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Saturday, January 17, 2009

Sheepie road trip

Today we took Isabella and Duncan to their new home in Wisconsin.

Much of what I do here with my sheep would be considered a hobby by most. After all, I am doing what I love to do and I adore each and every one of the fuzzy and feathery creatures that reside here. This is what makes me happy. The down side is, that this is also what I do for a portion of my income, so I often have to look critically at my little friends, deciding which sheep are going to fit in best with the goals that I have set for my flock, which will produce the best fleeces for spinning, which have the best conformation traits that I want to carry on in my future lambs. Whenever I have sheep that are not going to fit into my breeding program, for whatever reason, tough decisions have to be made...this is my least favorite part of raising these lovely little sheep. I hate letting any of them go, but unfortunately, I can't keep them all.

Once the decisions have been made, I am very careful about finding suitable new homes for my sheepies where I am confident that they will be cared for in the manner which they have become accustom.....er, spoiled. We found just such a place for Isabella and Duncan with a very nice couple in Wisconsin that needed some companions for their Shetland ewe who recently lost her buddy.

Isabella was the first ewe lamb born here in '07 ( also known as the year of the ram lamb overload), and is the subject in one of my favorite lamb pictures ever....yeah, her tail is a little long, but she was still pretty darn cute.


Here they are in their new home getting acquainted with their new 'sister', Pepper ( why are black sheep so difficult to photograph?).


Duncan, a wether, wasn't sure what to think of their little dog...he's used to our BIG girls.

The sheepies will have to get used to the beautiful view from their new pasture.....where we live in Iowa it is much more....uh..flat....treeless....yeah, we basically live in the middle of a corn field.
It was a good day. I am so happy the sheep have found a good home, and as for us, after enduring the first half of this eternal winter, it was nice to get away for the day and enjoy the heat wave...it was over 20 degrees ABOVE zero today! On the drive along the Mississippi river, I was reminded how plucky we Midwesterners are. The photos are blurry (taken out the window of a moving vehicle...dirty window of a moving vehicle) but these are some of the ice-fishing villages that pop up on the river once the ice is solid enough. Yeah, frigid temperatures...let's go out on the ice, cut a hole in it, and hang around there all day hoping to catch a fish...awesome! Generally speaking, I think there is more beer consumption going on than fishing....just a guess.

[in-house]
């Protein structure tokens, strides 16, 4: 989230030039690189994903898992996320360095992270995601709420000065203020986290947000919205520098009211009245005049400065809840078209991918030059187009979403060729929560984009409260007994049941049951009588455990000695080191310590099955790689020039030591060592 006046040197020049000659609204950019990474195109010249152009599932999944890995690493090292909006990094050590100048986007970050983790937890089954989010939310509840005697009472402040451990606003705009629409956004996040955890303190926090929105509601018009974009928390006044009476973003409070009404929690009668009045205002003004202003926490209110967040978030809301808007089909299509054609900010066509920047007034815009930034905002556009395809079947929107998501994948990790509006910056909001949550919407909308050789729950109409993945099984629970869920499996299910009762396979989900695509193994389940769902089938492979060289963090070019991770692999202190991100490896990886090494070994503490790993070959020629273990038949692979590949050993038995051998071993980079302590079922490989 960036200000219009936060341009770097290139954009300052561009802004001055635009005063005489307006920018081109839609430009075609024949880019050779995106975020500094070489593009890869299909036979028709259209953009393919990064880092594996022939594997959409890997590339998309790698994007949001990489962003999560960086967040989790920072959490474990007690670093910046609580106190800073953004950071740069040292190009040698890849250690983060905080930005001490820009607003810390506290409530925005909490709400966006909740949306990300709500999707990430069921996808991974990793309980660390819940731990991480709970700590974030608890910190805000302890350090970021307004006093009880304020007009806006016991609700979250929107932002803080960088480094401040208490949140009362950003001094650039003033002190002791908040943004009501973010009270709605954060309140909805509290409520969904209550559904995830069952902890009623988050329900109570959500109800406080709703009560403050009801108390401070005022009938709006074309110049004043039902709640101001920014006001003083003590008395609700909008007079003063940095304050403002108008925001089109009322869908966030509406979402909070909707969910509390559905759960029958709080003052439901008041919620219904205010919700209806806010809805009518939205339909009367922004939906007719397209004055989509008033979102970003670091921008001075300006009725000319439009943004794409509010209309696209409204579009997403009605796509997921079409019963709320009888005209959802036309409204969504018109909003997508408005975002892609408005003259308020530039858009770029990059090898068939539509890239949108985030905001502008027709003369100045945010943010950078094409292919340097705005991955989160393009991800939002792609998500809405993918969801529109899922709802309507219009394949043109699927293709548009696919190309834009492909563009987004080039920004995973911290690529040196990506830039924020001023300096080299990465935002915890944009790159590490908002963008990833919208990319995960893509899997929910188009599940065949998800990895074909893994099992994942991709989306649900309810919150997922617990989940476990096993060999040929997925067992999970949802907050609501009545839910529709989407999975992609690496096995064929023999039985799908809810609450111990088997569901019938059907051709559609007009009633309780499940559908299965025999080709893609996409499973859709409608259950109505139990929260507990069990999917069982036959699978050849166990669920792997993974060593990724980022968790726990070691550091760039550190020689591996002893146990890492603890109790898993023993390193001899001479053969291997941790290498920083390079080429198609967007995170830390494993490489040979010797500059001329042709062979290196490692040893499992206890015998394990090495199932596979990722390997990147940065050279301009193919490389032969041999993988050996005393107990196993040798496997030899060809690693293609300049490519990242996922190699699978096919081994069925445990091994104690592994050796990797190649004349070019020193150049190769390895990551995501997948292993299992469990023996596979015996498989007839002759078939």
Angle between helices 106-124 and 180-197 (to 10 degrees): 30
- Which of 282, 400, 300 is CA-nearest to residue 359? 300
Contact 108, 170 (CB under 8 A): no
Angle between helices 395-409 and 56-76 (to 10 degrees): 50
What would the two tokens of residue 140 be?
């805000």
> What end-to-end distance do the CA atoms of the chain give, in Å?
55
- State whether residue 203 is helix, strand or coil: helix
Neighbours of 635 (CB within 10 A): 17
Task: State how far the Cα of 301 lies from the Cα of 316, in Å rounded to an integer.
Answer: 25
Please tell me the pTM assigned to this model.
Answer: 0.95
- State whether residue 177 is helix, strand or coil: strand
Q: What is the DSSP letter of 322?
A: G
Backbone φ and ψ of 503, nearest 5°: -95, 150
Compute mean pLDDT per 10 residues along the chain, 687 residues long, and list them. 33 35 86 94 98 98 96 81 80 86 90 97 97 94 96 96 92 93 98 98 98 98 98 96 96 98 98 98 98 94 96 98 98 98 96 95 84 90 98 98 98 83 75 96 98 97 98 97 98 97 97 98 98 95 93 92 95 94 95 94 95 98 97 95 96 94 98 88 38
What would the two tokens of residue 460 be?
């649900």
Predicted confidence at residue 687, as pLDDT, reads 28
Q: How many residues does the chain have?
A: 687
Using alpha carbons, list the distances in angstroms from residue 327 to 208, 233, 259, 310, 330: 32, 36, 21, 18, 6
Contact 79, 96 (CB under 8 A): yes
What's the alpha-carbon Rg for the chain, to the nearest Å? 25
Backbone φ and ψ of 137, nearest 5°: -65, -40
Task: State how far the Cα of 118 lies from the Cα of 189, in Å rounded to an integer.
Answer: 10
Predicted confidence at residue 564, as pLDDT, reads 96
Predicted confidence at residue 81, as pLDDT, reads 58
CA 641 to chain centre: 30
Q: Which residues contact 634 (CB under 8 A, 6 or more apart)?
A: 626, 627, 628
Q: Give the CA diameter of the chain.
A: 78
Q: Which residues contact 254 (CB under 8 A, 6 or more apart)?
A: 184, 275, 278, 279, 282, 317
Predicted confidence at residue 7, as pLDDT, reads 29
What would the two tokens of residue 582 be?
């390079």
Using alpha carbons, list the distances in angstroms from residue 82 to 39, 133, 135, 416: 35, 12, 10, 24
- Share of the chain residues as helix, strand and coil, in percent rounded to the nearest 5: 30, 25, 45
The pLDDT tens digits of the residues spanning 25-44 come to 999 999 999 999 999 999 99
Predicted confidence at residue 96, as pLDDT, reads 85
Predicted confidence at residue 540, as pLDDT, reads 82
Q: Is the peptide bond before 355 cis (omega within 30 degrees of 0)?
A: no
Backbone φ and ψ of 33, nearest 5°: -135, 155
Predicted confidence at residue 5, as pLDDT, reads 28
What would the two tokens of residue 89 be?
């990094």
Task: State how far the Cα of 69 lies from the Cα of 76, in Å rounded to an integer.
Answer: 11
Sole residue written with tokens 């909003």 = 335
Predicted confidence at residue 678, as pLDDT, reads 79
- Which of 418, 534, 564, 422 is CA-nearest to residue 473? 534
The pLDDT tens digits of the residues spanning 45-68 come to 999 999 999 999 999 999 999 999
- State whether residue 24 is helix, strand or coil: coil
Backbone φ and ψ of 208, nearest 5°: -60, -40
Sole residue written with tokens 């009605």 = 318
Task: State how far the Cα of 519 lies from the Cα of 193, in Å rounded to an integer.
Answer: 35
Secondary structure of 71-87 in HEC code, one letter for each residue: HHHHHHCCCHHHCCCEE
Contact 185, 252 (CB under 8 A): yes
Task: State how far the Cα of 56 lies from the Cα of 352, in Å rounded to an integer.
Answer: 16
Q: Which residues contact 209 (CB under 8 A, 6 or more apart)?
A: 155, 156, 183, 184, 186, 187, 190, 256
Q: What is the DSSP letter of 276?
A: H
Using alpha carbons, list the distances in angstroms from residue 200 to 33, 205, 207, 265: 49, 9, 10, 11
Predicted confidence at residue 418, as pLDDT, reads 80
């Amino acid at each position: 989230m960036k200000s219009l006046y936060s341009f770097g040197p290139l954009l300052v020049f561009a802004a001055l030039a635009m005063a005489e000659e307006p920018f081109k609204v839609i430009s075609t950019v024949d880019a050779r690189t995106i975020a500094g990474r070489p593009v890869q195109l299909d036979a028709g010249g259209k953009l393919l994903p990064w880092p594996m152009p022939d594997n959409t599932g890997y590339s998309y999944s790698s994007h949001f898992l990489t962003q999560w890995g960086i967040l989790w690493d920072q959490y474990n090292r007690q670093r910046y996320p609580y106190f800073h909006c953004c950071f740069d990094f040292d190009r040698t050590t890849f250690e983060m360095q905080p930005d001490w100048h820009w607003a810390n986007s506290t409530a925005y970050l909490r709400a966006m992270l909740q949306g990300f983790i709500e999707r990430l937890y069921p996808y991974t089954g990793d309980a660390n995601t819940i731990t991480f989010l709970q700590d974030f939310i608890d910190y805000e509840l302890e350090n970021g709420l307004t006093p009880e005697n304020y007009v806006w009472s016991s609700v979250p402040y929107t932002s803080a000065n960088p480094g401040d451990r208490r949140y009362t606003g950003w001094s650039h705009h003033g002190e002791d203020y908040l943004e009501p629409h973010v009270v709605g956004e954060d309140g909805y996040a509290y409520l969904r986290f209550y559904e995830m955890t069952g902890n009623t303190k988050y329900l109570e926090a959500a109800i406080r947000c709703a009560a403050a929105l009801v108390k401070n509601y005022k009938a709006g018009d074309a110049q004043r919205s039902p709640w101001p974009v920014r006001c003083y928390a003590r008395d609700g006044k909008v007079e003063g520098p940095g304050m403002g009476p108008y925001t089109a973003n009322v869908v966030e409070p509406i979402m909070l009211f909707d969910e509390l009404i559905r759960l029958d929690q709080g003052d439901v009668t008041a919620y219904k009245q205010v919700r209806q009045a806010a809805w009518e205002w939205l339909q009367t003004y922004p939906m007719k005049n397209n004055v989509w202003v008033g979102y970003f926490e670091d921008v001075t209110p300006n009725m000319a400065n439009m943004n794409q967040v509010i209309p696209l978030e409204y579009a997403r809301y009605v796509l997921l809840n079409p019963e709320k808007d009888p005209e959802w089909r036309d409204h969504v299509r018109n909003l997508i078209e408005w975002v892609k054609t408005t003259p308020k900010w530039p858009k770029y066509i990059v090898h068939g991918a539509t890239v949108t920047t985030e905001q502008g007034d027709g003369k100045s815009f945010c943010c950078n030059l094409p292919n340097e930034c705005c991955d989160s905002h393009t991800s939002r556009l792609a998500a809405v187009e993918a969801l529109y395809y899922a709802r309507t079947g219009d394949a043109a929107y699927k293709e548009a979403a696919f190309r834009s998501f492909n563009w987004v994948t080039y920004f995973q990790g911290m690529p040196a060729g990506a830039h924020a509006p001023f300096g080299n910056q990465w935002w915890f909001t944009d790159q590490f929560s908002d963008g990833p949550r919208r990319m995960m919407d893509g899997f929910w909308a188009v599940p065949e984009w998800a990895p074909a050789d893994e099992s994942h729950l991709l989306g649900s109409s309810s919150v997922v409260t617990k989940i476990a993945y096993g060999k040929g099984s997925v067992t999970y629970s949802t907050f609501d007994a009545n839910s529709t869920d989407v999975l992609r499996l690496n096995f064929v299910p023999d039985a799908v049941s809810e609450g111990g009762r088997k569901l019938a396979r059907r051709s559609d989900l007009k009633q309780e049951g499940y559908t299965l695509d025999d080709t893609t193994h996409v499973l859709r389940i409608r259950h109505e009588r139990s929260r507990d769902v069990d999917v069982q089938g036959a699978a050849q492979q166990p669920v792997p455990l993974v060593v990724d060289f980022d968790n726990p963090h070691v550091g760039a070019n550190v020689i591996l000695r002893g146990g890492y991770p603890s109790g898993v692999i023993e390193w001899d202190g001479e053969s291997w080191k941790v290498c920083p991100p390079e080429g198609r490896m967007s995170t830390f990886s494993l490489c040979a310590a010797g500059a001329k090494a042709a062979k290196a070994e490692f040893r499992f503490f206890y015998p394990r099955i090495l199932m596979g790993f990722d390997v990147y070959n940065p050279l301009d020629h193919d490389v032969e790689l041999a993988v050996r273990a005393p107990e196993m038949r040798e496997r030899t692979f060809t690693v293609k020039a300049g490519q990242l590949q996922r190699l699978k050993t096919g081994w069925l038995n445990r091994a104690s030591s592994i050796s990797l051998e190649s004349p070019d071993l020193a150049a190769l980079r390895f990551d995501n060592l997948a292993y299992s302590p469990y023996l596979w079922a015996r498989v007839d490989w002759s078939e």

Oh, yes, I added a different blog roll on here and don't have links to all of my favorite farmy blogs, if I have omitted yours (it's not that I don't read your blog.... it's just that I forget stuff), or you would like to be added, send me a note or comment and I will add you :-).

7 comments:

Claire said...

Well this is my first year with sheep, so I'm a newbie at this, so I apologize in advance if this is a dumb question, but why did Isabella's markings change so much from lamb-hood to adult-hood? Is that normal? She almost looked black and white to me in that lamb photo, but the current photo looks like a caramelly brown color. Do they all change like that?! She's lovely in both pictures, as is Duncan!

Nancy K. said...

Along the Mississippi River?
In Wisconsin??
How close were you to ME????? You should have come for a visit. I would have given you some pumpkin cake...

;-)

Glad you found a good home for your babies.

Corinne R. said...

Hi Claire,
Not only is that NOT a dumb question, it is very observant of you to notice! I believe Isabella is modified (info on the modified colors here http://www.shetlandsheepinfo.com/FLEECE/modified_colours.htm ). She did start out quite dark and is now a beautiful light honey yellow at the skin, there are lots of modified genetics in her background...not to be confused with the Ag pattern....ahhh, Shetland genetics. LOL

Nancy, I really did think about trying to make it up there, we just got short on time....all those windy roads up north!!!

Sharrie said...

But that didn't answer Nancy's queston.........Where in Wisconsin. It looks like the land near our farm. Where did your little cuties find their new home?

Corinne R. said...

Hi Sharrie,
Sorry about that, we were in Ferryville, which I think is south of you. Funny though, I looked up Sparta, where you live, and it looks like you are straight up 61 from us..we live right near 61 here in Eldridge...we're practically neighbors....sort of!!

Anonymous said...

You can't fool us. We know you love all the seasons. Winter in the midwest can be a beautiful place and you catch it wonderfully in your photo's.
Hopefully your bruising is going away.Hang in there, your carmic bank account will start things going your way.

Wrensong Farm said...

That is going to be the hardest part for me too....I love ALL my sheepies, but I know I'm going to want to improve some and keep some of my lambs...it will definitely be a tough call. :(

Yeah, I think that ice fishing is just another form of male bonding (complete with beer!) :)

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